Koh Dong-jin, head of Samsung Electronics’ IM Division, has expressed concern that Japan’s export restrictions, if prolonged, would cause a disruption in the company’s smartphone production.
"We have no problem in launching new products such as the Galaxy Note 10 and the Galaxy Fold as we have secured parts for up to four months, but we will face a very tough situation if Japan’s export restrictions continue," Koh said in a news conference after the Galaxy Note 10 Unpacked event in Brooklyn, New York on Aug. 7 (local time).
After checking parts supply situations of first-tier to fourth-tier suppliers, Samsung Electronics judged that there would be no serious problem in producing new products. The problem is that parts used for smartphones, such as printed circuit boards (PCBs), are so diverse and large in number that it is difficult to predict the effects of Japan’s export restrictions when they become prolonged. "I am concerned that we cannot accurately predict the impact of the restrictions," Koh added.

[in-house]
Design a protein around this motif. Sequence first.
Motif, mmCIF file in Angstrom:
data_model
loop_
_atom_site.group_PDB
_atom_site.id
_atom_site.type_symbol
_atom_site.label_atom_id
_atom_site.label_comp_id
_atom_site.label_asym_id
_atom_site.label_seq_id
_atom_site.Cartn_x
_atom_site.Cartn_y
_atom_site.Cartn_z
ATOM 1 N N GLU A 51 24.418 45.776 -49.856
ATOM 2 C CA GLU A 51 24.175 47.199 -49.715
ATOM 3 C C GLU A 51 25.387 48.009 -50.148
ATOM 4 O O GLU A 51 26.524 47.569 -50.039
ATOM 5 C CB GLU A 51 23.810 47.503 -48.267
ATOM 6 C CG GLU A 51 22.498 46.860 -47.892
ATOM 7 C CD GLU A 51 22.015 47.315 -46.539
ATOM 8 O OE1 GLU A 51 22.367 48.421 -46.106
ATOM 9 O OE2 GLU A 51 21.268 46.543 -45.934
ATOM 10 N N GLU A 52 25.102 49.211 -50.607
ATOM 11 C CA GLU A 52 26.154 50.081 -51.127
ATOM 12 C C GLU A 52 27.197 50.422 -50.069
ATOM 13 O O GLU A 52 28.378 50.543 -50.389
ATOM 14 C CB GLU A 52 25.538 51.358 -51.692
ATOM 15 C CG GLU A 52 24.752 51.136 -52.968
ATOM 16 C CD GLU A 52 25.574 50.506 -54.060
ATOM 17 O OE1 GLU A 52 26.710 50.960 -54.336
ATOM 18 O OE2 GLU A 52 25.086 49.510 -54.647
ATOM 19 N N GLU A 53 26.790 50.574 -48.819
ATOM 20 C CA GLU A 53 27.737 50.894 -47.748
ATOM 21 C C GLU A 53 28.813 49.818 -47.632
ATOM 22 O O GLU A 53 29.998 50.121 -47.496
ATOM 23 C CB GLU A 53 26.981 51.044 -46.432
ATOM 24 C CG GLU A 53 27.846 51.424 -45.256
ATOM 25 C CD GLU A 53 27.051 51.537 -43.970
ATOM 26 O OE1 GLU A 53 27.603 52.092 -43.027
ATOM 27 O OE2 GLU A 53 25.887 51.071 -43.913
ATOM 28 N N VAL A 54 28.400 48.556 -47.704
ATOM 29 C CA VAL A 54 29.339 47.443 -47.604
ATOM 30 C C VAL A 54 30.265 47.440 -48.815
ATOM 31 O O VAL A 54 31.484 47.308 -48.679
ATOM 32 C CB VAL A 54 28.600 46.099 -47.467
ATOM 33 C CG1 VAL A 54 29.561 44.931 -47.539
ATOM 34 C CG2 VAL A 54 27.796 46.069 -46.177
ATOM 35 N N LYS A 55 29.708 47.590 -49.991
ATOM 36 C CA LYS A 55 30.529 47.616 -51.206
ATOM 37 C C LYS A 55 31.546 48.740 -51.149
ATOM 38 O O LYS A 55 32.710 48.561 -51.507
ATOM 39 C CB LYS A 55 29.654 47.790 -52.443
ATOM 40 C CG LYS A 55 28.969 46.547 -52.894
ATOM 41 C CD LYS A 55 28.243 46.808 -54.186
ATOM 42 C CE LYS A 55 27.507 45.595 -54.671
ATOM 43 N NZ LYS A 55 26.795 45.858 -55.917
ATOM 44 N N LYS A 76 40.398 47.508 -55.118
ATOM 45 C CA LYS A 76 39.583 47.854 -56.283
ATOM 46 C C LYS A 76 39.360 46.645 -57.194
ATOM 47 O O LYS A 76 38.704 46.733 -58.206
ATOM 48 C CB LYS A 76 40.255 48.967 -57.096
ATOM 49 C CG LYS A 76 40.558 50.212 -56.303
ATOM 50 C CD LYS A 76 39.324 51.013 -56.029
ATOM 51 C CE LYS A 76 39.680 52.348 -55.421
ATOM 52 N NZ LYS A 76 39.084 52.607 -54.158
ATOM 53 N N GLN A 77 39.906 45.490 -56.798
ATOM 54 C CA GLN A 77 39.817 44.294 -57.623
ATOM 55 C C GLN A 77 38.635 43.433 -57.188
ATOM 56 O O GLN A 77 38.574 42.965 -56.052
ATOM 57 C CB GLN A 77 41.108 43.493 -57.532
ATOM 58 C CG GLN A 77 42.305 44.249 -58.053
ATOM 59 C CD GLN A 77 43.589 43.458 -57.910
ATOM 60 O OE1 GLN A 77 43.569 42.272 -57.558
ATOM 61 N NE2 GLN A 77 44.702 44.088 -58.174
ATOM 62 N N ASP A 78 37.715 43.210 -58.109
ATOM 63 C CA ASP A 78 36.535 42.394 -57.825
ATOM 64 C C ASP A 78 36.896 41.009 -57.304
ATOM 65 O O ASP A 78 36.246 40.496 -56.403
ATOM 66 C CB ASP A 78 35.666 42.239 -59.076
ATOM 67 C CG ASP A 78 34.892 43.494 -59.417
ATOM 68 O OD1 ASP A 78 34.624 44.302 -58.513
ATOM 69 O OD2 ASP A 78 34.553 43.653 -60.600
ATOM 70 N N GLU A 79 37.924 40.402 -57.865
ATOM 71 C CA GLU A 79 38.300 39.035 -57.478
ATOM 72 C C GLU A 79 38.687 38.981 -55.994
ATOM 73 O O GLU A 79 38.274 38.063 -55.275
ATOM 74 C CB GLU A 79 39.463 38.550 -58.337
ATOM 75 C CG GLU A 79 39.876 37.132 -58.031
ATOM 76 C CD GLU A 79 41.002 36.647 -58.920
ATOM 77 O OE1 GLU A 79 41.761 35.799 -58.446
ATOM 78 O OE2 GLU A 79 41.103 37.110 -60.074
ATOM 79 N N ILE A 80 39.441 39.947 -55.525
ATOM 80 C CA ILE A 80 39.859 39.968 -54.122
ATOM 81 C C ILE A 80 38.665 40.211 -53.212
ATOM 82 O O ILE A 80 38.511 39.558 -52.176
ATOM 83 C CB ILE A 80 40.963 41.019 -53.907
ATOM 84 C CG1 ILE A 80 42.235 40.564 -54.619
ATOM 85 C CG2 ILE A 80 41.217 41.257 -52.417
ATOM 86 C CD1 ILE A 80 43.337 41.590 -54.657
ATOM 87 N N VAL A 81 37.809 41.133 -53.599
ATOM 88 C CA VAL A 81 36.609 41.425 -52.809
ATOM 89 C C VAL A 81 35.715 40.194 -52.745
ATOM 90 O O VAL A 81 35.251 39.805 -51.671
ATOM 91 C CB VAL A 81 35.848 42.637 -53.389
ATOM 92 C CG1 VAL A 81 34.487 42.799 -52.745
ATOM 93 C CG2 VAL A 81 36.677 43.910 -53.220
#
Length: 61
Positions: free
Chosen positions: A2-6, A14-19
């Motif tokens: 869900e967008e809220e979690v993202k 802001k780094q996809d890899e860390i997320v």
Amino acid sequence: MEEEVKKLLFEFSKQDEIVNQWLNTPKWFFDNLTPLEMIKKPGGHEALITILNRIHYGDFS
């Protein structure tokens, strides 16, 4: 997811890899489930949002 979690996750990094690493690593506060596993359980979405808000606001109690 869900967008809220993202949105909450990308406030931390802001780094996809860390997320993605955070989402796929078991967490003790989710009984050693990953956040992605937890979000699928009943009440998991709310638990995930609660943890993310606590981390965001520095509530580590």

Koh said he wants to be paised for doing well rather than doing fast. This means that Samsung will focus on meaningful innovation that will be recognized by consumers. Koh said that Samsung would not compete with Huawei of China over who will launch a foldable phone first.
At the end of the unpack event, Satya Nadella, CEO of Microsoft, made an unexpected appearance, surprising audiences. Microsoft has signed a strategic partnership with Samsung Electronics. “It is 100 percent right to strategically collaborate with our business partners who do not compete with us in the same business areas and can help us improve our products,” Koh said. “MS has products and services with the greatest strength in boosting productivity and it is timely for us to collaborate with it for the Galaxy Note Series.”